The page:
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The Value of Volunteering

This week we are sharing a study conducted by the Jonathan M. Tisch College of Civic Life's CIRCLE (Center for Information & Research on Civic Learning and Engagement) at Tuft's University, supported by the University of Nebraska- Omaha.

The study released in March 2018, looks at the correlation between listing AmeriCorps volunteer service on a resume and the likelihood of receiving a callback for a job.

Previous research suggested that participation in civic engagement activities, such as AmeriCorps state and national programs, can have positive labor-market outcomes for young people, and that hiring managers see volunteering as relevant when making employment decisions. 

Overall, the study found that listing AmeriCorps service work on a resume DID boost the overall number of callbacks (17% compared to 8% for non-service resumes). Hiring managers have an overwhelmingly positive impression of candidates who have extended volunteer service, with the vast majority citing altruistic reasons for pursuing a year of AmeriCorps service. 

However, the data implies limitations to the volunteer service boost, notably for Asian males and Latinx females. Listing a year of service on the resume did not appear to significantly impact callback rates for Black and Asian females, or for white males. 


  • Previous research shows better odds of becoming employed if people volunteer (Spera, Ghertner, Nerino, & DiTomasso, 2015)
  • Young people who participate in service-related programs have improved economic, academic, and psychosocial outcomes compared to peers (Dávila & Mora, 2007; Flanagan & Levine, 2010)
  • Communities with higher levels of civic engagement recover from economic hardships quicker (Kawashima-Ginsberg, Lim, & Levine, 2012)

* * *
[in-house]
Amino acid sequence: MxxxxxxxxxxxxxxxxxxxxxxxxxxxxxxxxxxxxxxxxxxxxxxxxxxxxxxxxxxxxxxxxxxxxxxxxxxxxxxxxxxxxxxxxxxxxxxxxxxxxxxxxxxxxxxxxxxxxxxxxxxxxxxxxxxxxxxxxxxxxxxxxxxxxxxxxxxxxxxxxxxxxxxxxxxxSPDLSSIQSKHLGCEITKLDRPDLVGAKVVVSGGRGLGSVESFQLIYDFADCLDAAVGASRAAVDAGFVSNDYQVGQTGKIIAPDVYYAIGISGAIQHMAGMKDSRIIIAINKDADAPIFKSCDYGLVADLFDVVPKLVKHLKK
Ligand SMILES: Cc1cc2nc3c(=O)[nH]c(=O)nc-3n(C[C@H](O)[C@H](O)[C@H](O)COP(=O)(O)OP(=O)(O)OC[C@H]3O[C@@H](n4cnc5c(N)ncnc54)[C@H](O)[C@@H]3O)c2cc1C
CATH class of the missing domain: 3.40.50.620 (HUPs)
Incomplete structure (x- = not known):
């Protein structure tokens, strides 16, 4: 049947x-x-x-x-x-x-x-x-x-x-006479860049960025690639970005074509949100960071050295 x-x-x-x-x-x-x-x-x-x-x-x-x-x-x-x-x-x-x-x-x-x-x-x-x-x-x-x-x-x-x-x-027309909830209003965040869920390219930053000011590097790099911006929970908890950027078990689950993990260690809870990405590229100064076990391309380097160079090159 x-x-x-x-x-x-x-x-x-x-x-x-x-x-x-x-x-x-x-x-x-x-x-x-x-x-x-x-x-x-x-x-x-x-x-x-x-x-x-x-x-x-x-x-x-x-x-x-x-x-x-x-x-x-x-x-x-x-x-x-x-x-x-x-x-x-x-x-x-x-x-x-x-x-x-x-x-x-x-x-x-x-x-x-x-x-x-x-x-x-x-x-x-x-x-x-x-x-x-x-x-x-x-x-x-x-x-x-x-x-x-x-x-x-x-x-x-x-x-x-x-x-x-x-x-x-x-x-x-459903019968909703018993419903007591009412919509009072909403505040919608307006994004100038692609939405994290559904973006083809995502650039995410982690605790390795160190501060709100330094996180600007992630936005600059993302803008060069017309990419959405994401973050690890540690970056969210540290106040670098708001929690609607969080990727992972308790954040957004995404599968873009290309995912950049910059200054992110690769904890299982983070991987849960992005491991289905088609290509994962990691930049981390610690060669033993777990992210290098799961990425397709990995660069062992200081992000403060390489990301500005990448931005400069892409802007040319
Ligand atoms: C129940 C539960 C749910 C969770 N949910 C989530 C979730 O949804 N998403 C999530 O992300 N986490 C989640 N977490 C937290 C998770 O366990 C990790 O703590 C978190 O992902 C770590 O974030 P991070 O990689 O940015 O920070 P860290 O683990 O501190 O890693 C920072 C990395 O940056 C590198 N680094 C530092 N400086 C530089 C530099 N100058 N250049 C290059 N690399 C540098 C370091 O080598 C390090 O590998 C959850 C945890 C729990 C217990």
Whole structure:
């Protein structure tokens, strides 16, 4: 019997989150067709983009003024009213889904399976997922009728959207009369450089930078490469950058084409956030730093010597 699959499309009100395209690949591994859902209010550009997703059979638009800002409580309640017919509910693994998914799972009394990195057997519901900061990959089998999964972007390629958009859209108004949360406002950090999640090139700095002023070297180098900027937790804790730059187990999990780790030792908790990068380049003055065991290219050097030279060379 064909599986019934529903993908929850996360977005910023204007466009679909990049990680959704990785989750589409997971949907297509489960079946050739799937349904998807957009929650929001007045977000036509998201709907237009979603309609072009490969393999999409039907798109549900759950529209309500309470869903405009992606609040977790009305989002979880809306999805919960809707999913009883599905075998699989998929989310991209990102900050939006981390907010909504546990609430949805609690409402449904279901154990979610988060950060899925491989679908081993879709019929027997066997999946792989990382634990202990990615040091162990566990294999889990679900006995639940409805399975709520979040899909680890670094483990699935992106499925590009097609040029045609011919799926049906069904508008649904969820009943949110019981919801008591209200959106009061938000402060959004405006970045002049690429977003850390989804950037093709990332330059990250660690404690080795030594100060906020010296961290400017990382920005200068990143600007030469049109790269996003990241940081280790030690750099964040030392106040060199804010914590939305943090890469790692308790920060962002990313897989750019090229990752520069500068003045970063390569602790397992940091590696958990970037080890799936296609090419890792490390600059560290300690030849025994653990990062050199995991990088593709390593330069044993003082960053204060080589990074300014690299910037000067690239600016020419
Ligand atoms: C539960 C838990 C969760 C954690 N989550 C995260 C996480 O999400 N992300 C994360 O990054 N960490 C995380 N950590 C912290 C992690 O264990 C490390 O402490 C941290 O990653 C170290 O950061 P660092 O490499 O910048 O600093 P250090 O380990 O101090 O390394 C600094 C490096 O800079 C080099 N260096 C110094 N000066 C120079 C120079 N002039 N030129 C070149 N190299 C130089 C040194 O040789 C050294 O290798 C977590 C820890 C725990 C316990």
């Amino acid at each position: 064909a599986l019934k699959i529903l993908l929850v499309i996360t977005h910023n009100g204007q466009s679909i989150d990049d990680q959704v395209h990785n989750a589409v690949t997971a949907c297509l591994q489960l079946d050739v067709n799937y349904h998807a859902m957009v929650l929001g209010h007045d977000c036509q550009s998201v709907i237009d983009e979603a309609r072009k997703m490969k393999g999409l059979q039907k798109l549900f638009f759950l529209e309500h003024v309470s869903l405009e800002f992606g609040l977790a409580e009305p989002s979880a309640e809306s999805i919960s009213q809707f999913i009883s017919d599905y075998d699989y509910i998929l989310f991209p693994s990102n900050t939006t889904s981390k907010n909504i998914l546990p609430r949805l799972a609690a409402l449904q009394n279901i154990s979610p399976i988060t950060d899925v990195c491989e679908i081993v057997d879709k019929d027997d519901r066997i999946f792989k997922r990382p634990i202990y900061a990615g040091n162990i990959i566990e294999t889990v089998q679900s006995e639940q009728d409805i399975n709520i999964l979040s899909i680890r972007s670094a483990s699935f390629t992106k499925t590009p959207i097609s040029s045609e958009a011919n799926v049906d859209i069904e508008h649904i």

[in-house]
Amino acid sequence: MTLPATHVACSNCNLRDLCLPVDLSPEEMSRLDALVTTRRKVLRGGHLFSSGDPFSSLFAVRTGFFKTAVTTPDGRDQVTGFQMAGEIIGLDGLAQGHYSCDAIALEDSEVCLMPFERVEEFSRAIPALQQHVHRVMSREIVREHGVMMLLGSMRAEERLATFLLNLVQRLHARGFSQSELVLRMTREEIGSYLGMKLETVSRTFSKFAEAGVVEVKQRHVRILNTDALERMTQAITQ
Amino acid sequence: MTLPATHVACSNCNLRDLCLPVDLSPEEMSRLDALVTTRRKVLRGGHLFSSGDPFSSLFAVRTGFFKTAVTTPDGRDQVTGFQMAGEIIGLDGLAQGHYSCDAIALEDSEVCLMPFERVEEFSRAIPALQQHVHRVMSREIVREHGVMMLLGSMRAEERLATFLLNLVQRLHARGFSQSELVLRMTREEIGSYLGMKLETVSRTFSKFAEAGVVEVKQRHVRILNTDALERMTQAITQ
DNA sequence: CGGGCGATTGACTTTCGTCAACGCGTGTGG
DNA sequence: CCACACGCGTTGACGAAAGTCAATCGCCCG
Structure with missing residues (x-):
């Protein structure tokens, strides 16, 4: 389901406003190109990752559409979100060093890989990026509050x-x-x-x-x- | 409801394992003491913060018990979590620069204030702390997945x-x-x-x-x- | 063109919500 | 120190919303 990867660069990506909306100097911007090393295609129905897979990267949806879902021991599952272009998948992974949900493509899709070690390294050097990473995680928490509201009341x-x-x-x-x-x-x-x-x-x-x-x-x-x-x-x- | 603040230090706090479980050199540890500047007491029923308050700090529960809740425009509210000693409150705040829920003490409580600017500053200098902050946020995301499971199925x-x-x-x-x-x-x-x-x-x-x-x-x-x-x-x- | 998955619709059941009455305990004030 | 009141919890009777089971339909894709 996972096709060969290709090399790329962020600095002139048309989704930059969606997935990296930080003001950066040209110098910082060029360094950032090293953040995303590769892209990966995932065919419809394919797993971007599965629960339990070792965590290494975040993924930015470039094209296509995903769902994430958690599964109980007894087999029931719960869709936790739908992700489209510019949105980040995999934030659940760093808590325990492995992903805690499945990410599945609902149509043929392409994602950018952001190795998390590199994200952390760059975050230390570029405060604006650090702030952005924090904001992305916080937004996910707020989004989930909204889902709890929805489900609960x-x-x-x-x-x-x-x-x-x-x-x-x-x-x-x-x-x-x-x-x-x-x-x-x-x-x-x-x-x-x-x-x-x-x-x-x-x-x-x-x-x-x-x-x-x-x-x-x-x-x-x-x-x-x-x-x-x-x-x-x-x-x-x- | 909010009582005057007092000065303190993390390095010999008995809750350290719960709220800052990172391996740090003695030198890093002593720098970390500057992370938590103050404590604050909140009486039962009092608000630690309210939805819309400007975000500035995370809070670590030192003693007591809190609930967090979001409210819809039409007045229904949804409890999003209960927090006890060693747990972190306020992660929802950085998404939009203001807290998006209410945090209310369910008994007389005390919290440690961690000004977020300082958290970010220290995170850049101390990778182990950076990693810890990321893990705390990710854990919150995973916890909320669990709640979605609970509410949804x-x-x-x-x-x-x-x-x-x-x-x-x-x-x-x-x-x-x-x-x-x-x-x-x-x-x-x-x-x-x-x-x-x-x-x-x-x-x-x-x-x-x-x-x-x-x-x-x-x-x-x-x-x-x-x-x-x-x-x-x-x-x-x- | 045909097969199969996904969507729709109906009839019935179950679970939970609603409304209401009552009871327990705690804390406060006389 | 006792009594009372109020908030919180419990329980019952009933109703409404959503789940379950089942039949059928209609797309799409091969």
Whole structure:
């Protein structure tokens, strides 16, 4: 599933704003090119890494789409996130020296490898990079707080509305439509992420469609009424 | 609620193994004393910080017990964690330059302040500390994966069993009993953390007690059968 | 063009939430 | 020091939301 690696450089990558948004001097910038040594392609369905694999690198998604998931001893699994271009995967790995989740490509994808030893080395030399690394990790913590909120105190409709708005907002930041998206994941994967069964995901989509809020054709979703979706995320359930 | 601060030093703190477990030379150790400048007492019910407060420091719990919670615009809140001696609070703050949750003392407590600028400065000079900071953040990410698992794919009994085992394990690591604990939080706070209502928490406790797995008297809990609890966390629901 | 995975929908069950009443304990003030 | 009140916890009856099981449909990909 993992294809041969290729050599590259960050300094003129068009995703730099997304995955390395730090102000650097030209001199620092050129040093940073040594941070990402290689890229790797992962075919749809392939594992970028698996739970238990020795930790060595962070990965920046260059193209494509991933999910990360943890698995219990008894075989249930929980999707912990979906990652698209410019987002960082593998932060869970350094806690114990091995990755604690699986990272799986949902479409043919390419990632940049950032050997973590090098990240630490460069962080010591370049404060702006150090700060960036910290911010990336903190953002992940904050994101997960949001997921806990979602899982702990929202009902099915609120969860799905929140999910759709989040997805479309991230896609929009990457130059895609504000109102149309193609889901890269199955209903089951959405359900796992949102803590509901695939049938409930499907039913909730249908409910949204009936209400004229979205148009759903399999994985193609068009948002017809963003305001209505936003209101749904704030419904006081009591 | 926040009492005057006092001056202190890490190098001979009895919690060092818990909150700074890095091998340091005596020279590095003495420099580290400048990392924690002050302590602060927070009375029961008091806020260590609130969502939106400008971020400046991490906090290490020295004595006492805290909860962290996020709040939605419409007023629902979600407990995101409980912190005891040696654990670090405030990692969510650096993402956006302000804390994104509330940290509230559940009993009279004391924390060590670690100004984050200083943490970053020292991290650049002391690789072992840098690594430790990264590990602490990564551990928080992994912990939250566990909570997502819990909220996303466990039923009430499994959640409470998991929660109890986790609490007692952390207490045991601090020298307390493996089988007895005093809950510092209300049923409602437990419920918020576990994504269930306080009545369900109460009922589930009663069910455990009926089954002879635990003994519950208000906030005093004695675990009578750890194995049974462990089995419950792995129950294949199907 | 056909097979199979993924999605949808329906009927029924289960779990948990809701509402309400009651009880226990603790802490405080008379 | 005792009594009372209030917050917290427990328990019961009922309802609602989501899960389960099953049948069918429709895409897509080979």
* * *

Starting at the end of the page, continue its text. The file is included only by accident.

• Hiring managers see volunteering as relevant experience to consider when making employment decisions (Day & Devlin, 1998; Deloitte, 2016)


  • Randomly assigned resumes and cover letters based on national service and other factors (e.g., education, quality, race, gender)
  • Applied for 2,010 jobs in Boston and Chicago during two waves of data collection (summer 2016 and 2017)
  • Trends by Race, Ethnicity, and Gender
  • Gender
  • Of callbacks received, higher for females than males


  • Of callbacks received, highest for Latino, followed by Asian, White, and Black
  • Gender and Race/Ethnicity
  • Callbacks highest for Asian males and Latino females
  • Callbacks lowest for Black and Asian females and white males

In-depth Interviews

  • Employers had a preference toward “somebody they don’t have to train”
  • If hiring managers were familiar with AmeriCorps, it stood out to them:
  • “…VISTA- brings training; routine; cohort building; more experience and accountability than the regular position; VISTA demands more autonomy and responsibility- richer experience for the same position.”
  • Most nonprofit employers sought a cover letter and resume that showed more “personality” as well an application that highlighted certain skills skills (e.g. collaboration, communication, adaptability, leadership)
  • A college degree was very important to employers                

Implications for Policy and Research

  • College degree is used as a “signal” for implicit qualities and earned skills
  • Heavily used as a heuristic for filtering out potential candidates
  • Very few job opportunities are visible in an online search for non-college youth, including national service alumni
  • Building familiarity with national service through Employers of National Service opens employment pathways
  • Further exploration needed around why and for whom national service experience boosts employment prospects

Download the full study here. 

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